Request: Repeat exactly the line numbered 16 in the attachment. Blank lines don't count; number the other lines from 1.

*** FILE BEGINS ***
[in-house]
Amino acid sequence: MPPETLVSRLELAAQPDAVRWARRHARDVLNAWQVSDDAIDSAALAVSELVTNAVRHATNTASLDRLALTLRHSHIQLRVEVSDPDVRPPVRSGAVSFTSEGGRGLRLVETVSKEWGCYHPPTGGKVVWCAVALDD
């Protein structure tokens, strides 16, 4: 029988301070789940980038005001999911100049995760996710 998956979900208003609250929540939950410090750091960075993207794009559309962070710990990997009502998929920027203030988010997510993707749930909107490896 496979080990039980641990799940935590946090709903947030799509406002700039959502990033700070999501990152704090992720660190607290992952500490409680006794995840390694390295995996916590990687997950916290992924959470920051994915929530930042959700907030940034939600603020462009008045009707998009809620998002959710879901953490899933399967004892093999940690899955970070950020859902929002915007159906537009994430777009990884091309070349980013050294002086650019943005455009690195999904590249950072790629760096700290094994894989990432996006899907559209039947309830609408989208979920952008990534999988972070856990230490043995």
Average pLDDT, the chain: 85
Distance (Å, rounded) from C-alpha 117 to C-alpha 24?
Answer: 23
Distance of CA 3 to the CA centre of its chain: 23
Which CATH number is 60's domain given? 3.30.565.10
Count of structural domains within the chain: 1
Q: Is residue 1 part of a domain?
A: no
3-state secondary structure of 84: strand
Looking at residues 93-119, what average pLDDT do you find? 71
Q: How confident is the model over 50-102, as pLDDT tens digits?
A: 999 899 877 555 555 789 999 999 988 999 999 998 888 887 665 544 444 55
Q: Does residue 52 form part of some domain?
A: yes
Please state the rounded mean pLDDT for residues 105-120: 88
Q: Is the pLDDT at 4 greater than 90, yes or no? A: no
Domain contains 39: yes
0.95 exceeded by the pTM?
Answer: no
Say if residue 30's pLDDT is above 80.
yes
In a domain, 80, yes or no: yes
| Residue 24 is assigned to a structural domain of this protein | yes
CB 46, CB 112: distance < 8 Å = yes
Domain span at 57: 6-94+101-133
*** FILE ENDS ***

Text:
Q: Does residue 52 form part of some domain?